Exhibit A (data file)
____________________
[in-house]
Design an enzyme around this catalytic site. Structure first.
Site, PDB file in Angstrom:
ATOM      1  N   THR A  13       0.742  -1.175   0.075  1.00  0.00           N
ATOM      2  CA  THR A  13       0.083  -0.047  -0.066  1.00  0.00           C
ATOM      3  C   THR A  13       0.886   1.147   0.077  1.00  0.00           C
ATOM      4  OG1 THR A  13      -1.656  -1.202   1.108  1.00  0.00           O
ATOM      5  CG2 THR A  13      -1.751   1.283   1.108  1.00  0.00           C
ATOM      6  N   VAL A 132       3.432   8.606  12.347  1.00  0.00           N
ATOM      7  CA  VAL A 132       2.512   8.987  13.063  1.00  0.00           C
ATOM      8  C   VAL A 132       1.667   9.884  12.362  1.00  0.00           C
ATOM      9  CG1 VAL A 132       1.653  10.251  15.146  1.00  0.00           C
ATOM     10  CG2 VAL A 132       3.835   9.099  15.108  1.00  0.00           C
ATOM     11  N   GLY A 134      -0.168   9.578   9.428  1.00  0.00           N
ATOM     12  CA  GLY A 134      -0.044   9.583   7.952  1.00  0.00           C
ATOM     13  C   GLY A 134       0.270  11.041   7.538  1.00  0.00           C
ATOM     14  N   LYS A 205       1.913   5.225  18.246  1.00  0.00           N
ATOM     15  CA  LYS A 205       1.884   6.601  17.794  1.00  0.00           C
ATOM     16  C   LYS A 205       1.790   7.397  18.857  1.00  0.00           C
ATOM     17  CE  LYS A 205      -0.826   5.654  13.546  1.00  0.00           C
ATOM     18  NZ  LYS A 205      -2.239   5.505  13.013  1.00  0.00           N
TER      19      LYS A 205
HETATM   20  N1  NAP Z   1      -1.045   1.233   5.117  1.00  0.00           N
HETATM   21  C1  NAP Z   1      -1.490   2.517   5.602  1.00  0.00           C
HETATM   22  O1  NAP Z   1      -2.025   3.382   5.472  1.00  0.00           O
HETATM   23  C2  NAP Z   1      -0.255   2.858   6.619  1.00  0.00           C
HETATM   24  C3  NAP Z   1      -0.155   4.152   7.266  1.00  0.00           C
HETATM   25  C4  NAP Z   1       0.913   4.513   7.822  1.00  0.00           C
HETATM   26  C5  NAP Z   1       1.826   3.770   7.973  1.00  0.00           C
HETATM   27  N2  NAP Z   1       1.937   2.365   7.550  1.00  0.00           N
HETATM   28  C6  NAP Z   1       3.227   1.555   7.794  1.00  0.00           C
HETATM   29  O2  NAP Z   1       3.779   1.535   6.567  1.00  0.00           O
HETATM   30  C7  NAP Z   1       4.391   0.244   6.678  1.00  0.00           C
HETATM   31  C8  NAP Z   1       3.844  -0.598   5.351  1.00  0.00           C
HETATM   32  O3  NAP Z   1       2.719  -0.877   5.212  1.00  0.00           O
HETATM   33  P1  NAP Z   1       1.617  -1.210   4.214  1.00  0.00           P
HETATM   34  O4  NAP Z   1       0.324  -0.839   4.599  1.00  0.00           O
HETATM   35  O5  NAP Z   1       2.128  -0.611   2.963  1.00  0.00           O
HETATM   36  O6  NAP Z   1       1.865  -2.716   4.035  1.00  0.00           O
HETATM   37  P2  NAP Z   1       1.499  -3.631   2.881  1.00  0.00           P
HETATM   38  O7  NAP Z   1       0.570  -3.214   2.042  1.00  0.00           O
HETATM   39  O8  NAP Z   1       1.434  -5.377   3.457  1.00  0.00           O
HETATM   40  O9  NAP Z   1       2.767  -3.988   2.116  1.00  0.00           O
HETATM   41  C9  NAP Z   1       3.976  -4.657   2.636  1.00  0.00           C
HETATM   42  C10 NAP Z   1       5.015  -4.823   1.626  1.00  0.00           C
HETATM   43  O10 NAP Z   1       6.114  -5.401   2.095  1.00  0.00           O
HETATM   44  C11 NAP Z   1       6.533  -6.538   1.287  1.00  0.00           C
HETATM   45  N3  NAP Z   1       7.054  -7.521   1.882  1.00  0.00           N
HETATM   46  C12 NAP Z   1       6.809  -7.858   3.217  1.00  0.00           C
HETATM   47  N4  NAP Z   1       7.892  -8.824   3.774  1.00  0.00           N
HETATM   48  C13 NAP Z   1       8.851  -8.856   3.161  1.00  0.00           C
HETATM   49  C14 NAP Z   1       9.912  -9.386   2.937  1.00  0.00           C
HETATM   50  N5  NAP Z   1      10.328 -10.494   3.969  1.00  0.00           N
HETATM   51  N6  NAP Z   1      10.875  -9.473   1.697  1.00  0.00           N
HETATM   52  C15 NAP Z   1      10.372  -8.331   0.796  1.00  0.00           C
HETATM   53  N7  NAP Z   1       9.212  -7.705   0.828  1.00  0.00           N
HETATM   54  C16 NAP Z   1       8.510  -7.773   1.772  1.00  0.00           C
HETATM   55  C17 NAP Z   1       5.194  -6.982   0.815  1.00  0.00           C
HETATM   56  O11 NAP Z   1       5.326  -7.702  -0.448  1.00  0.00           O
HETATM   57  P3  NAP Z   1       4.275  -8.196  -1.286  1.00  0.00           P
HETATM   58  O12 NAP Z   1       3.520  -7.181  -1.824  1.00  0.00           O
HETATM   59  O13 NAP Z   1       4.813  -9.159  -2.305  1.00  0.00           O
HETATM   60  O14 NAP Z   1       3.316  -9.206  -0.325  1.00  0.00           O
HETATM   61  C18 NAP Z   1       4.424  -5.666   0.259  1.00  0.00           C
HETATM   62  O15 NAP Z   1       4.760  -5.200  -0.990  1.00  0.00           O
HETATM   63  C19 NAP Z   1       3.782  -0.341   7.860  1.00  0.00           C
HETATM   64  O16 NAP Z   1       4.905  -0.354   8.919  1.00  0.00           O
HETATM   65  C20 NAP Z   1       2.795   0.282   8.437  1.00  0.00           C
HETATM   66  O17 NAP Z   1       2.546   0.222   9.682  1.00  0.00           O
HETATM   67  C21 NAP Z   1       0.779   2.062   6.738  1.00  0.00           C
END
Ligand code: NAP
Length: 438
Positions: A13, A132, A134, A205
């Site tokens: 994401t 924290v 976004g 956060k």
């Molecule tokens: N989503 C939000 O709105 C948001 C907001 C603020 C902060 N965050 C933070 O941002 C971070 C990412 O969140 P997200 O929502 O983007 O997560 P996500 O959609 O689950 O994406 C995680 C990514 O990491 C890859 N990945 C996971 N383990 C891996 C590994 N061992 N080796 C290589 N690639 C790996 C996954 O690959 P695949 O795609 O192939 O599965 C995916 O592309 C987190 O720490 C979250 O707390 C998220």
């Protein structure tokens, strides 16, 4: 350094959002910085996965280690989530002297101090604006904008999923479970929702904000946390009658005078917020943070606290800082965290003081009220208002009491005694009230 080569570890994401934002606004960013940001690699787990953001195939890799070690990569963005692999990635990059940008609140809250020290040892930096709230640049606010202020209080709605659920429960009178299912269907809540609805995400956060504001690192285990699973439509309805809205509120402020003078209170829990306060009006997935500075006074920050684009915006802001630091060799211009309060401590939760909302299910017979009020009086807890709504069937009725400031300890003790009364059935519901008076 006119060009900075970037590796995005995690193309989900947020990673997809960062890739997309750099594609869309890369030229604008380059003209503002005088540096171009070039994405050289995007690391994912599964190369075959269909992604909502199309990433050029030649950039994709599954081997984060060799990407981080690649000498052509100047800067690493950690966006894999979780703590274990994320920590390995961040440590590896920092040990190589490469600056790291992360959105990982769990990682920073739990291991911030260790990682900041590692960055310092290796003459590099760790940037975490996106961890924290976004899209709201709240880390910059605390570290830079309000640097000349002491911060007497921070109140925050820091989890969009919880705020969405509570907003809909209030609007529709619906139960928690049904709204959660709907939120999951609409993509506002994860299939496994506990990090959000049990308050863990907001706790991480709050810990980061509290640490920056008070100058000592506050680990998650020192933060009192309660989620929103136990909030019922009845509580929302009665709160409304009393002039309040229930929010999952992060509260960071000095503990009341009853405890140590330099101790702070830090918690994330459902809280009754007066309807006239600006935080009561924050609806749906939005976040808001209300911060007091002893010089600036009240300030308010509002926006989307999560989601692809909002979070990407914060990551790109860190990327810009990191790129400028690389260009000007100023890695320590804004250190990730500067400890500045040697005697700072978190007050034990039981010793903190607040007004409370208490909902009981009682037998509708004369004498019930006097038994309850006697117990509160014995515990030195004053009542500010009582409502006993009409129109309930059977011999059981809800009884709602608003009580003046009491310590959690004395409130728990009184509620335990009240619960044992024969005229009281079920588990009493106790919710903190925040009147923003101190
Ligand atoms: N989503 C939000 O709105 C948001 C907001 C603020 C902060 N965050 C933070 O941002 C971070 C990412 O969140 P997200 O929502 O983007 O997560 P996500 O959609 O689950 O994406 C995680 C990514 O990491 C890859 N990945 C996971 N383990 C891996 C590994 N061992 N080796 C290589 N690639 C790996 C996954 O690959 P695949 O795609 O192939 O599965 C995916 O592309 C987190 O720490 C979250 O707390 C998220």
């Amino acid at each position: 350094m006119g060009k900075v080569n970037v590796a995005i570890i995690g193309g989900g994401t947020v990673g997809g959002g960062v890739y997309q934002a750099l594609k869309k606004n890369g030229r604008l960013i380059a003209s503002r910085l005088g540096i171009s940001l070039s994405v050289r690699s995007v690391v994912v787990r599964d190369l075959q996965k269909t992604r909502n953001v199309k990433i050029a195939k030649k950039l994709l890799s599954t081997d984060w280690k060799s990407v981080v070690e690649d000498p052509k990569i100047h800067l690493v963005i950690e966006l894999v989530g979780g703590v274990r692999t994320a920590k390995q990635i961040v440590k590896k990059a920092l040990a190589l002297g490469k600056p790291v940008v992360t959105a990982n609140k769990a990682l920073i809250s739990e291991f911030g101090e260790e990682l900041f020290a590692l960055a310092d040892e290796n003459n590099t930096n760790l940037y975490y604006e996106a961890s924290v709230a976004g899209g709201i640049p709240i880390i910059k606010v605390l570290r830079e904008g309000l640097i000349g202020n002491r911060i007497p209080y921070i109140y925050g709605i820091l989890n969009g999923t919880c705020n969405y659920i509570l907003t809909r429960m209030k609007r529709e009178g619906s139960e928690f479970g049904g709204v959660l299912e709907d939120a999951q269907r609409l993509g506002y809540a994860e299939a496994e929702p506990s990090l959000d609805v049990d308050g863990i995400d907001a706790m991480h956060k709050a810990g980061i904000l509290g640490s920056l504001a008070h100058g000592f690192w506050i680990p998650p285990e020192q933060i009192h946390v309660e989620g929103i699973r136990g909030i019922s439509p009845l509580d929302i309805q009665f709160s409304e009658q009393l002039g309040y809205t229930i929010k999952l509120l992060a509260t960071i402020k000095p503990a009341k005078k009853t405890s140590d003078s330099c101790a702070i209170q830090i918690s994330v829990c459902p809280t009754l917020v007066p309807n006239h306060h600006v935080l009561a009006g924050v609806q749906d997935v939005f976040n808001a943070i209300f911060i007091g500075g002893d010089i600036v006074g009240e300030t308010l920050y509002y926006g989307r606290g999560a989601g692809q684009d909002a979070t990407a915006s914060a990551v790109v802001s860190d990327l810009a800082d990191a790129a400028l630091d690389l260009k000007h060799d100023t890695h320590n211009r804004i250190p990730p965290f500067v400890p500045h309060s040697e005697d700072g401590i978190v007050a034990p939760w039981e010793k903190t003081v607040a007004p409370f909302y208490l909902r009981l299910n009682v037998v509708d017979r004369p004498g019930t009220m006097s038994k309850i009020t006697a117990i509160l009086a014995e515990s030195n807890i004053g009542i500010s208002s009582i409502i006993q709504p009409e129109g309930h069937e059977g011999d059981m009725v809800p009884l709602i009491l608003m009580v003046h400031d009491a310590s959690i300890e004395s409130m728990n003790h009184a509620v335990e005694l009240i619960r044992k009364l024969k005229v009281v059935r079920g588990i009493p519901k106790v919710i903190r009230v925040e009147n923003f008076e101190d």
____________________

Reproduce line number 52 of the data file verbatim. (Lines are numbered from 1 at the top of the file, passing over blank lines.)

HETATM   49  C14 NAP Z   1       9.912  -9.386   2.937  1.00  0.00           C